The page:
As a predominantly Catholic country, non-Catholics are often hard pressed to find a house of worship. According to Samuel Duff, one of the trip leaders for the Costa Rica Mission, the Methodist congregation in San Isidro de Penas Blancas originally met in a reclaimed root vegetable processing plant acquired by the church a number of years ago.
“There’s something beautiful about a place where the harvest of yucca was gathered in being used to gather in worshippers, but practically speaking, it’s not an ideal space,” Duff said. “We’ve gradually been helping tear down the agricultural building that was on the site when the church acquired it, and in its place build a Sanctuary to accommodate the growing fellowship of believers in that town.”
Said Duff, “We had to place the benches used as pews around the giant holes and piles of dirt resulting from digging out footings for the foundation of the new building. It’s a little nerve wracking to watch toddlers waddle past six-foot holes on their way to children’s time! Last year, the church met for worship on the building’s porch as we spent the week mixing concrete and pouring the new building’s slab. We poured a 3,700-square-foot slab by hand, with buckets and shovels and wheelbarrows.”
Members of the Costa Rica Mission Team have also hosted a successful Vacation Bible School for local children.
“Not only is the school a great way to help the kids learn about Jesus, it’s also a really effective way to get people who otherwise wouldn’t try a Methodist church to come by and see what the whole thing is about,” Duff said.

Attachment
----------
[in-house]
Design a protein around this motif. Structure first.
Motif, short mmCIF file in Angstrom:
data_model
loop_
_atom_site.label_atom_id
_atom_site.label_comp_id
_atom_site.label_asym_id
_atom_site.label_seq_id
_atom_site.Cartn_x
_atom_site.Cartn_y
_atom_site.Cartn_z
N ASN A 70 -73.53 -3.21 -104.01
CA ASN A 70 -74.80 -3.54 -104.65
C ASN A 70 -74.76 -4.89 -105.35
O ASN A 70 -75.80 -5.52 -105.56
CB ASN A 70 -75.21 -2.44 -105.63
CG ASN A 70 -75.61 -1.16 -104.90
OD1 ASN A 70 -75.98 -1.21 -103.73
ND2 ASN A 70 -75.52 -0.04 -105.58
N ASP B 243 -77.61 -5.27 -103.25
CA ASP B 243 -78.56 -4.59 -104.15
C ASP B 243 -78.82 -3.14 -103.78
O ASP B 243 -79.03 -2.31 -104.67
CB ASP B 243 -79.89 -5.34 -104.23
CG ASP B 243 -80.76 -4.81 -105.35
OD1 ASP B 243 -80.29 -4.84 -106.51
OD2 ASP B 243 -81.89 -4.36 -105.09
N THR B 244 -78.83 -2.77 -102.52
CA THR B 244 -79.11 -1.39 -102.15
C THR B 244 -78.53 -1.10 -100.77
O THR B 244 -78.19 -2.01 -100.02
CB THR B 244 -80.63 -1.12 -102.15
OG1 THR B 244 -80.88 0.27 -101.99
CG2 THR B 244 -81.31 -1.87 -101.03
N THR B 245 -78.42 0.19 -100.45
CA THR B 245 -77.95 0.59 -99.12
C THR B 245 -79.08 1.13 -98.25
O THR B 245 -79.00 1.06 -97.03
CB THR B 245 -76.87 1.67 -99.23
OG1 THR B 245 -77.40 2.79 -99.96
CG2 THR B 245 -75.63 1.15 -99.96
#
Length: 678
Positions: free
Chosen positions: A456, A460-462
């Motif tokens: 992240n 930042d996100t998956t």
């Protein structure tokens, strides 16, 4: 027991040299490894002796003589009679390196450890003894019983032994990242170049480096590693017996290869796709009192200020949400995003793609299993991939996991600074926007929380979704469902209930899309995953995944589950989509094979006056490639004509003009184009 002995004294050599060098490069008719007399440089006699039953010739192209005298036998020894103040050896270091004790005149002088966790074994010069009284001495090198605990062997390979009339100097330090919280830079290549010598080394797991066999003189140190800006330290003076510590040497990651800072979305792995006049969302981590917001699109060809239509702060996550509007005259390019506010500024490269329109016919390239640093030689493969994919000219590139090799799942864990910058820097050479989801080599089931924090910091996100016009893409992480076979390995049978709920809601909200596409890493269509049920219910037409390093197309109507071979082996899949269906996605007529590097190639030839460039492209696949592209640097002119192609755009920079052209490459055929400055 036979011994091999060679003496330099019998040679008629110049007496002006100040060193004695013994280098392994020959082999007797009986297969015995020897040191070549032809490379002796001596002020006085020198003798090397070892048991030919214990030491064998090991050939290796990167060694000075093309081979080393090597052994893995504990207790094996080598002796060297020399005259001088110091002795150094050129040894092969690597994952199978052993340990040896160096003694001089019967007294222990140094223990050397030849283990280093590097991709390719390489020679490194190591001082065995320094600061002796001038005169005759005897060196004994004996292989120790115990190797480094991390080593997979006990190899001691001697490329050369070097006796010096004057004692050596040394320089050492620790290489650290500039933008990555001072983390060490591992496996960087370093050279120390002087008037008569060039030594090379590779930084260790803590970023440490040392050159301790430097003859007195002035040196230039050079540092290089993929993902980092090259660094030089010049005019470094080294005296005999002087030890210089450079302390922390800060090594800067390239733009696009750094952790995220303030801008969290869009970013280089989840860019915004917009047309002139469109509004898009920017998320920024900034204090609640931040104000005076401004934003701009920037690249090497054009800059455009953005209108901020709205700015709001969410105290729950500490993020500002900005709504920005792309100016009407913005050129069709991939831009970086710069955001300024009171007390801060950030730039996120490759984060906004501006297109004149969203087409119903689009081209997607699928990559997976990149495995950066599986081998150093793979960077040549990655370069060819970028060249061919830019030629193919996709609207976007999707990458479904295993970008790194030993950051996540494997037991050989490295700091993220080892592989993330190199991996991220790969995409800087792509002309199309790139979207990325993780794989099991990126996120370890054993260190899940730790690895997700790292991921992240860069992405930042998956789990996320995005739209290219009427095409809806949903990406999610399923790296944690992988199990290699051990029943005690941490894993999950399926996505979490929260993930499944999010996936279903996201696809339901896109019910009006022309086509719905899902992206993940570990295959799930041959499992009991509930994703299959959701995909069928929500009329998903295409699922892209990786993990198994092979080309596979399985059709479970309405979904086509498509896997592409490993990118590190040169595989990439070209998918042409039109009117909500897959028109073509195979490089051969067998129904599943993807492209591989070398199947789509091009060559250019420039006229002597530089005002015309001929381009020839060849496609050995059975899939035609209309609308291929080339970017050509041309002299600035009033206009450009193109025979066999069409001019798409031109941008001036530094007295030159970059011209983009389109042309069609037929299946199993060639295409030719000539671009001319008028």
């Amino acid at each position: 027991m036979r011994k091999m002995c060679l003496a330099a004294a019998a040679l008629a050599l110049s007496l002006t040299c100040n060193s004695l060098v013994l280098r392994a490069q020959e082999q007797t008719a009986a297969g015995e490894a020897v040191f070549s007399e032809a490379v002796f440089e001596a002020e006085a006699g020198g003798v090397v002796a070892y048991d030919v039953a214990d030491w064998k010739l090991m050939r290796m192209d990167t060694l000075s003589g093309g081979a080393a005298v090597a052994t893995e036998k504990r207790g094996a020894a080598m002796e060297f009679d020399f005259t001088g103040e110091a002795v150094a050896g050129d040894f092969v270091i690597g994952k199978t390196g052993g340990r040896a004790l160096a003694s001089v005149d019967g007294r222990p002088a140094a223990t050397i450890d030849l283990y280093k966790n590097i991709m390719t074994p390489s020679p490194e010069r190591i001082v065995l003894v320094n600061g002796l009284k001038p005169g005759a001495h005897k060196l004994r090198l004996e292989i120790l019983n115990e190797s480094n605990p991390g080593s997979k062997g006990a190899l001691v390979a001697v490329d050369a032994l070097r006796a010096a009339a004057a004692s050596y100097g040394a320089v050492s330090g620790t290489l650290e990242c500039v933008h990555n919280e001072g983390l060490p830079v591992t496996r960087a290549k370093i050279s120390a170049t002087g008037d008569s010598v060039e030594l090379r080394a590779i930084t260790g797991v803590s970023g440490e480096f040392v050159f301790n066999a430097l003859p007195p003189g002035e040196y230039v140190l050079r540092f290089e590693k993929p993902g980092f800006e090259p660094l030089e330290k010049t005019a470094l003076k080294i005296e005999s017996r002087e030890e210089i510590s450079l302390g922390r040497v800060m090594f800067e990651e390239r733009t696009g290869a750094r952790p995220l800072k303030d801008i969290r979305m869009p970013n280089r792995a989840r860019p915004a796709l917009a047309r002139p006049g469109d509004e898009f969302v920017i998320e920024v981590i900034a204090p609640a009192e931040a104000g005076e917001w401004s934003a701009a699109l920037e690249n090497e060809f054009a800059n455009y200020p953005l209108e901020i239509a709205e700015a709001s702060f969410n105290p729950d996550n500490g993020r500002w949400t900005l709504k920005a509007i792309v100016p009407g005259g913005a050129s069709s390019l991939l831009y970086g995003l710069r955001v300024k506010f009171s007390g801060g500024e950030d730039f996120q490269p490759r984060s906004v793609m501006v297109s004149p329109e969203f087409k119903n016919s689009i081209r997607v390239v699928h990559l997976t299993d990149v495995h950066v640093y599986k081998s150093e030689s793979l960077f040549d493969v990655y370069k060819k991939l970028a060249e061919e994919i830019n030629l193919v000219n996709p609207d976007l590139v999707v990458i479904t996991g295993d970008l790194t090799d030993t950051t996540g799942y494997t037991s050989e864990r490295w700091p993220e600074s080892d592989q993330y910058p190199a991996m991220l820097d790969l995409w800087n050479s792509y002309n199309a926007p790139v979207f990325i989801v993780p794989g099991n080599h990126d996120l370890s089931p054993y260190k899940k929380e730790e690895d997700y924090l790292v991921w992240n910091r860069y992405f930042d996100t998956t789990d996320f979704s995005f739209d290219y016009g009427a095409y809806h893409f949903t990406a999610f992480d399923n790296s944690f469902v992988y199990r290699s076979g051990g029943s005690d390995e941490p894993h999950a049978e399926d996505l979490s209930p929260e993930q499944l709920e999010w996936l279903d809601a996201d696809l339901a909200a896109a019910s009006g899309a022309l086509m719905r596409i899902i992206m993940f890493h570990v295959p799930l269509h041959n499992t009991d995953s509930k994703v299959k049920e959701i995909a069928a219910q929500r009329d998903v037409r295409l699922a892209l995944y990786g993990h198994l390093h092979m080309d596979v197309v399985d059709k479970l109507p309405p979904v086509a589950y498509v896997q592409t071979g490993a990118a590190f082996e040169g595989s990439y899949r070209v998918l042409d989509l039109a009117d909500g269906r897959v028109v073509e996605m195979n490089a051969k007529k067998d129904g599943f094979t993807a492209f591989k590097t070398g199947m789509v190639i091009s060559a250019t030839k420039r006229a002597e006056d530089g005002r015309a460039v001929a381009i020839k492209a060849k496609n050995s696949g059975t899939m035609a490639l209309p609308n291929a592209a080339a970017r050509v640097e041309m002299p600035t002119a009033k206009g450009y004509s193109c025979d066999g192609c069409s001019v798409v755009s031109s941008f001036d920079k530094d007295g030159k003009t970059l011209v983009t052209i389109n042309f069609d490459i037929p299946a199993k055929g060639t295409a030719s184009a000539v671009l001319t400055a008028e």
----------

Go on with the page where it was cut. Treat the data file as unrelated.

Sign up for the 2018 Costa Rica Mission Trip is underway! The trip will be March 11-18 and will cost $1,400 per person. Space is extremely limited! To sign up or for more information, email Samuel Duff at email@example.com.
Lydia Patterson Institute
The Lydia Patterson Institute (LPI) in El Paso, Texas provides access to quality education for underserved portions of the population. The tradition of LPI dates to the early years of the 20th century when Methodist laywoman Lydia Patterson began setting up schools in El Paso homes for boys from the local barrios. When Patterson died in 1909, her husband sought to continue her legacy by creating a permanent school in her memory. Four years later, construction began on LPI. Within a decade, the school became known as one of the only organizations in the country to emphasize English as a second language education.
More than a century later, the school remains a central part of the local community, serving students from El Paso and the nearby Mexican city of Juarez. More than 400 students attend LPI; the majority call Juarez home and make the daily commute across the border to attend school. More than 95% of LPI students graduate and 98% of graduates attend colleges across the United States. According to the LPI webpage, students in the graduating class of 2010 earned more than 2.1 million dollars in competitive scholarships.
FUMC Coppell serves LPI through a number of initiatives. Each year, the church provides a $4,500 scholarship, which covers a school uniform, textbooks, and meals for one student. The church also provides gift cards for every Lydia Patterson teacher during the Christmas season to provide their families with a holiday meal. When available, FUMC Coppell also hosts a summer LPI intern who lives with a host family in Coppell, and the student is trained in church and ministry operations.
Church Contact: Del Dunham at firstname.lastname@example.org